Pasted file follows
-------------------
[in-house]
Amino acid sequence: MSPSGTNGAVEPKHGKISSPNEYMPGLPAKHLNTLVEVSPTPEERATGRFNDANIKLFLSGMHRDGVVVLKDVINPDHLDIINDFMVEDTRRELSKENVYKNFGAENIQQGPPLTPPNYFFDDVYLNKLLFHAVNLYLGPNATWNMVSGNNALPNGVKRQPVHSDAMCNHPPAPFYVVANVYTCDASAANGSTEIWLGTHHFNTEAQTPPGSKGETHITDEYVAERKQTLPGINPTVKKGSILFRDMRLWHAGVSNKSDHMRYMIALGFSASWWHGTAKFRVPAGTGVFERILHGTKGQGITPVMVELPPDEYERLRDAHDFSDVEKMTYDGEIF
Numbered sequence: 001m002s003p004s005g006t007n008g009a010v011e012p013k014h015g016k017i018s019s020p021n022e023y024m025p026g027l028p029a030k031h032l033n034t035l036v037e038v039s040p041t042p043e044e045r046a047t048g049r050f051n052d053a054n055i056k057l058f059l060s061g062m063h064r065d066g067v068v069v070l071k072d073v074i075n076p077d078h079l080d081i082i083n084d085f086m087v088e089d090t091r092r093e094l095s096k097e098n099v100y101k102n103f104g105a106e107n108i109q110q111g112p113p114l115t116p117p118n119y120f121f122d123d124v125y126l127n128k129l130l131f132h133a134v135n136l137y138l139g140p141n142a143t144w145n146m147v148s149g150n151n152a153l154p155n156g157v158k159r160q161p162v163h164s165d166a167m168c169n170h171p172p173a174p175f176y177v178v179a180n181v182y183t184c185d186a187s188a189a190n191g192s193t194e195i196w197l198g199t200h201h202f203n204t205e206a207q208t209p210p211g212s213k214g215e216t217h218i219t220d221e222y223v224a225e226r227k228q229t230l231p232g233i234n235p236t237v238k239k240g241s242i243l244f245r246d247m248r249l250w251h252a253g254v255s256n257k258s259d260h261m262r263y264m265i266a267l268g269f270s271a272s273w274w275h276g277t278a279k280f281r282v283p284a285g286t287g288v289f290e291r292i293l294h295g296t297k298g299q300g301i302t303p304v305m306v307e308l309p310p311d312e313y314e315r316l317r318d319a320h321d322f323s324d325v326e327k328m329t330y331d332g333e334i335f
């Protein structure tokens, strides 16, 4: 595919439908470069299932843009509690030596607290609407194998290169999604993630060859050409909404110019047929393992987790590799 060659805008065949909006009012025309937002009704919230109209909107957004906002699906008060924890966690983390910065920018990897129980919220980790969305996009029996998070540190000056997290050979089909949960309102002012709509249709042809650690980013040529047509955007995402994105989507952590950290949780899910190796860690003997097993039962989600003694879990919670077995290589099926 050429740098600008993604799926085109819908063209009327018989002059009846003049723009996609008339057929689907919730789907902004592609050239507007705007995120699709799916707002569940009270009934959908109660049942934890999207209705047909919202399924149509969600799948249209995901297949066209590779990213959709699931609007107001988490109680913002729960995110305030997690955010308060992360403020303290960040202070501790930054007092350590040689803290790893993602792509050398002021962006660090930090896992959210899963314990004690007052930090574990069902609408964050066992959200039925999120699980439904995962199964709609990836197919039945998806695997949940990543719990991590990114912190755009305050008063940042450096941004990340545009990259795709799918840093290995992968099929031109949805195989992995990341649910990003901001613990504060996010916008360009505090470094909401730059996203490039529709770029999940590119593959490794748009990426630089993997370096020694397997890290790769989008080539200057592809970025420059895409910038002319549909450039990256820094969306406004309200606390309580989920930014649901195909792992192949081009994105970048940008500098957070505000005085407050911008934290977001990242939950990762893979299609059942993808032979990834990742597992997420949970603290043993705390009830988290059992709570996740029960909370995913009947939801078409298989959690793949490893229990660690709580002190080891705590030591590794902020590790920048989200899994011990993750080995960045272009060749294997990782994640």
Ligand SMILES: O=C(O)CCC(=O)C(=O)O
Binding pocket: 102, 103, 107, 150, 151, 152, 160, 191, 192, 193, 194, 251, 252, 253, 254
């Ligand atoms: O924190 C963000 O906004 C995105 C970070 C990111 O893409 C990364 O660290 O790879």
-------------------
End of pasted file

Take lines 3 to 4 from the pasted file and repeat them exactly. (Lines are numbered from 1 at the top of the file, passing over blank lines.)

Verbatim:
Numbered sequence: 001m002s003p004s005g006t007n008g009a010v011e012p013k014h015g016k017i018s019s020p021n022e023y024m025p026g027l028p029a030k031h032l033n034t035l036v037e038v039s040p041t042p043e044e045r046a047t048g049r050f051n052d053a054n055i056k057l058f059l060s061g062m063h064r065d066g067v068v069v070l071k072d073v074i075n076p077d078h079l080d081i082i083n084d085f086m087v088e089d090t091r092r093e094l095s096k097e098n099v100y101k102n103f104g105a106e107n108i109q110q111g112p113p114l115t116p117p118n119y120f121f122d123d124v125y126l127n128k129l130l131f132h133a134v135n136l137y138l139g140p141n142a143t144w145n146m147v148s149g150n151n152a153l154p155n156g157v158k159r160q161p162v163h164s165d166a167m168c169n170h171p172p173a174p175f176y177v178v179a180n181v182y183t184c185d186a187s188a189a190n191g192s193t194e195i196w197l198g199t200h201h202f203n204t205e206a207q208t209p210p211g212s213k214g215e216t217h218i219t220d221e222y223v224a225e226r227k228q229t230l231p232g233i234n235p236t237v238k239k240g241s242i243l244f245r246d247m248r249l250w251h252a253g254v255s256n257k258s259d260h261m262r263y264m265i266a267l268g269f270s271a272s273w274w275h276g277t278a279k280f281r282v283p284a285g286t287g288v289f290e291r292i293l294h295g296t297k298g299q300g301i302t303p304v305m306v307e308l309p310p311d312e313y314e315r316l317r318d319a320h321d322f323s324d325v326e327k328m329t330y331d332g333e334i335f
């Protein structure tokens, strides 16, 4: 595919439908470069299932843009509690030596607290609407194998290169999604993630060859050409909404110019047929393992987790590799 060659805008065949909006009012025309937002009704919230109209909107957004906002699906008060924890966690983390910065920018990897129980919220980790969305996009029996998070540190000056997290050979089909949960309102002012709509249709042809650690980013040529047509955007995402994105989507952590950290949780899910190796860690003997097993039962989600003694879990919670077995290589099926 050429740098600008993604799926085109819908063209009327018989002059009846003049723009996609008339057929689907919730789907902004592609050239507007705007995120699709799916707002569940009270009934959908109660049942934890999207209705047909919202399924149509969600799948249209995901297949066209590779990213959709699931609007107001988490109680913002729960995110305030997690955010308060992360403020303290960040202070501790930054007092350590040689803290790893993602792509050398002021962006660090930090896992959210899963314990004690007052930090574990069902609408964050066992959200039925999120699980439904995962199964709609990836197919039945998806695997949940990543719990991590990114912190755009305050008063940042450096941004990340545009990259795709799918840093290995992968099929031109949805195989992995990341649910990003901001613990504060996010916008360009505090470094909401730059996203490039529709770029999940590119593959490794748009990426630089993997370096020694397997890290790769989008080539200057592809970025420059895409910038002319549909450039990256820094969306406004309200606390309580989920930014649901195909792992192949081009994105970048940008500098957070505000005085407050911008934290977001990242939950990762893979299609059942993808032979990834990742597992997420949970603290043993705390009830988290059992709570996740029960909370995913009947939801078409298989959690793949490893229990660690709580002190080891705590030591590794902020590790920048989200899994011990993750080995960045272009060749294997990782994640």